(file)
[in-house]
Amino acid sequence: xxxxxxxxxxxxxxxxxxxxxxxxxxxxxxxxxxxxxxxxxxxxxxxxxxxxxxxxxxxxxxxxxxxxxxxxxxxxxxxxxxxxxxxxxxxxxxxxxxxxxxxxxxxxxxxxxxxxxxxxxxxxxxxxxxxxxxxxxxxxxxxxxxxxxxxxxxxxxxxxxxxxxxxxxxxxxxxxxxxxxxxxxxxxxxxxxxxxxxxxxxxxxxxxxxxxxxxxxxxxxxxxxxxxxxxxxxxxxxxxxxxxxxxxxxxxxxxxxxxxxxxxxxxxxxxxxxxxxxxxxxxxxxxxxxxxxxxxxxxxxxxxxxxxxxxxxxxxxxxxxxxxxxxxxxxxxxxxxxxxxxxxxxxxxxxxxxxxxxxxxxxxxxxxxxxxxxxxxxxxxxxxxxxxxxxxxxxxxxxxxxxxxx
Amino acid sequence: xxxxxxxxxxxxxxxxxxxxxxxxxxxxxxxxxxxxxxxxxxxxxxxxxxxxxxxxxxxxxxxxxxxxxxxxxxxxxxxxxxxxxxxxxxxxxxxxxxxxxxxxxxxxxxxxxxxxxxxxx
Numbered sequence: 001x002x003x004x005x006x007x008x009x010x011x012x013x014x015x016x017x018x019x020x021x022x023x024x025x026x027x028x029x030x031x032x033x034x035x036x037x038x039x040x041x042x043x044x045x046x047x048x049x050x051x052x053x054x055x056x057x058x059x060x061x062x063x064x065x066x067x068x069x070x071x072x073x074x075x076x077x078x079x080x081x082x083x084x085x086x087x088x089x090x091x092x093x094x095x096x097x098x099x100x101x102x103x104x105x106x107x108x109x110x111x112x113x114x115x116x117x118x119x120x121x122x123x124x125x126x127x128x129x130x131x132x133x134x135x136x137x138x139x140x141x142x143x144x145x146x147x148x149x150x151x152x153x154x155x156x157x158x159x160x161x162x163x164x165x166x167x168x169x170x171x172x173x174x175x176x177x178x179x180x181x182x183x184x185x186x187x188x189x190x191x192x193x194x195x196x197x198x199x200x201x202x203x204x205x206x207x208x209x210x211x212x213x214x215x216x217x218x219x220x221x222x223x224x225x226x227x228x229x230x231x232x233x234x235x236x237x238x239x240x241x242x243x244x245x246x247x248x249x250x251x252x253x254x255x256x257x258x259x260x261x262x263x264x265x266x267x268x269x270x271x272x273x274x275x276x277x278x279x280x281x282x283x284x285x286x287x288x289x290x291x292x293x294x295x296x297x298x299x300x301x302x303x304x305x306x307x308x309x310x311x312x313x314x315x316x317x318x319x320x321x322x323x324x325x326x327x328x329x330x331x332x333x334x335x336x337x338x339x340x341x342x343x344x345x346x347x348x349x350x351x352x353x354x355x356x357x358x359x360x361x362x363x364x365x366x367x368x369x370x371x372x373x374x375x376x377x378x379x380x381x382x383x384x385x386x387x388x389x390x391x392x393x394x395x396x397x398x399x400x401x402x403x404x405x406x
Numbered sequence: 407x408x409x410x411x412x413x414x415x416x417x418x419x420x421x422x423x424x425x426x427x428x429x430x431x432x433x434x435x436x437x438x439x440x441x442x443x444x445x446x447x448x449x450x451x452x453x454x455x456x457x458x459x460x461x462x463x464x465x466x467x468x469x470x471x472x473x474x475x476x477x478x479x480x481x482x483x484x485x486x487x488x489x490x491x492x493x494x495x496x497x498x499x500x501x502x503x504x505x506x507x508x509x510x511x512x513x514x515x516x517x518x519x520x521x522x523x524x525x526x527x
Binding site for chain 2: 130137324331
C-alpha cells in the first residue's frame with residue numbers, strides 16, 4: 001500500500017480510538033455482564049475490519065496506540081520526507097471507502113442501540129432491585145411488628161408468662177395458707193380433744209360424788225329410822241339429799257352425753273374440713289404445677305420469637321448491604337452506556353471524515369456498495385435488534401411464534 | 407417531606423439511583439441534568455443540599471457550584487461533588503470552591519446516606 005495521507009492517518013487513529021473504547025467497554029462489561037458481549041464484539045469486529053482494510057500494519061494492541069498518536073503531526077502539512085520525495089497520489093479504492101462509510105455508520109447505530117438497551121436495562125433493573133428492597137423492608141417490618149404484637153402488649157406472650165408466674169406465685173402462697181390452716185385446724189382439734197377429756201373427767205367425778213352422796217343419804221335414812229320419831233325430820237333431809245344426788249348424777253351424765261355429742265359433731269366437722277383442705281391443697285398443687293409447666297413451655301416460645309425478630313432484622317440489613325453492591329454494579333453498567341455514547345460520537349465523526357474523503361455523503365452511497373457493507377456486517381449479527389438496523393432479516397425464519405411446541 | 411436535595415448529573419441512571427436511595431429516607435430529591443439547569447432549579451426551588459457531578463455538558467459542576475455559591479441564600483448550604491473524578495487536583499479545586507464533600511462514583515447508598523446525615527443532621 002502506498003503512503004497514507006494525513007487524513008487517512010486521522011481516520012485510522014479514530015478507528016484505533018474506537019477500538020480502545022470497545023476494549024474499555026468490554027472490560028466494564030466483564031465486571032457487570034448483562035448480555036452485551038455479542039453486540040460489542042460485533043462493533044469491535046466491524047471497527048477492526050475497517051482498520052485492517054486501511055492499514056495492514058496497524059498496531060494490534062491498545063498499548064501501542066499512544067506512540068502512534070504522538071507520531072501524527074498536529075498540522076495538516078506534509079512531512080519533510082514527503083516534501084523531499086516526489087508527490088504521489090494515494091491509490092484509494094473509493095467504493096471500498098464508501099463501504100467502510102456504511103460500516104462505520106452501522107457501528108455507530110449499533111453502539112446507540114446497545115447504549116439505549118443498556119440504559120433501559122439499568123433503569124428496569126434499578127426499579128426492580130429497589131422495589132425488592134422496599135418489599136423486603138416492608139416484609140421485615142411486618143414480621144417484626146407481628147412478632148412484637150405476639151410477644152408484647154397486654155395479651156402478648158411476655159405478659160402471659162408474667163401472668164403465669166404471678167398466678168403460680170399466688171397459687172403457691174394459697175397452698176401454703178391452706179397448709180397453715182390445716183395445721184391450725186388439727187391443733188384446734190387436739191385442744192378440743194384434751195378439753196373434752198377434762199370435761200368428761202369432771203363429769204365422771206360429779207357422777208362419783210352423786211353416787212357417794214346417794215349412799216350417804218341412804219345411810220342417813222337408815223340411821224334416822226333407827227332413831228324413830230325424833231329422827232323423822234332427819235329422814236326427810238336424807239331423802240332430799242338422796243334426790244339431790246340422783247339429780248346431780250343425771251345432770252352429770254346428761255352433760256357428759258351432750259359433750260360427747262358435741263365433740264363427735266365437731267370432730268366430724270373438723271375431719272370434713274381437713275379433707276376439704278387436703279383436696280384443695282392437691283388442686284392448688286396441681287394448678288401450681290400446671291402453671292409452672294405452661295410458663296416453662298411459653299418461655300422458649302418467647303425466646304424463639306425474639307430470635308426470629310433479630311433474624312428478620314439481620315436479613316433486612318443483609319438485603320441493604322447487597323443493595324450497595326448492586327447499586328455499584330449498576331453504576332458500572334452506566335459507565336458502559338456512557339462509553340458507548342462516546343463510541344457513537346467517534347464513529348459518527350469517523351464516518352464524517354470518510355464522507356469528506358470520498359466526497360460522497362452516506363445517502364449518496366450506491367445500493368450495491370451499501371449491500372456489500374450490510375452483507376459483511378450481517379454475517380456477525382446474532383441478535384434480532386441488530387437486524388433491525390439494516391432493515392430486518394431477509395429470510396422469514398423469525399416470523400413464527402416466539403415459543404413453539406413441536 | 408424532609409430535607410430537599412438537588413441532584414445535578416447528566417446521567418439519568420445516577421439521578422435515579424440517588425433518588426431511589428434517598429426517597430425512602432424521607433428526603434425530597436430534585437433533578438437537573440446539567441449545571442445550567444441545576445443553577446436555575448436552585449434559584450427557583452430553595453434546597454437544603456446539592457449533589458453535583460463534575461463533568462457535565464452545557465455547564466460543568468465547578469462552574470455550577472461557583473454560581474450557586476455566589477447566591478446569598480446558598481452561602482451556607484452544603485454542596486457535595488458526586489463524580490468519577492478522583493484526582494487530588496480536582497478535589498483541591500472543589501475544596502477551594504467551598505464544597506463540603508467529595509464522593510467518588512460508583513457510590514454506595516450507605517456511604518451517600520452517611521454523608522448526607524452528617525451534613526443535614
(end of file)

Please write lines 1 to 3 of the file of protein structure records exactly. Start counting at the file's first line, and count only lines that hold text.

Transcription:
[in-house]
Amino acid sequence: xxxxxxxxxxxxxxxxxxxxxxxxxxxxxxxxxxxxxxxxxxxxxxxxxxxxxxxxxxxxxxxxxxxxxxxxxxxxxxxxxxxxxxxxxxxxxxxxxxxxxxxxxxxxxxxxxxxxxxxxxxxxxxxxxxxxxxxxxxxxxxxxxxxxxxxxxxxxxxxxxxxxxxxxxxxxxxxxxxxxxxxxxxxxxxxxxxxxxxxxxxxxxxxxxxxxxxxxxxxxxxxxxxxxxxxxxxxxxxxxxxxxxxxxxxxxxxxxxxxxxxxxxxxxxxxxxxxxxxxxxxxxxxxxxxxxxxxxxxxxxxxxxxxxxxxxxxxxxxxxxxxxxxxxxxxxxxxxxxxxxxxxxxxxxxxxxxxxxxxxxxxxxxxxxxxxxxxxxxxxxxxxxxxxxxxxxxxxxxxxxxxxxx
Amino acid sequence: xxxxxxxxxxxxxxxxxxxxxxxxxxxxxxxxxxxxxxxxxxxxxxxxxxxxxxxxxxxxxxxxxxxxxxxxxxxxxxxxxxxxxxxxxxxxxxxxxxxxxxxxxxxxxxxxxxxxxxxxx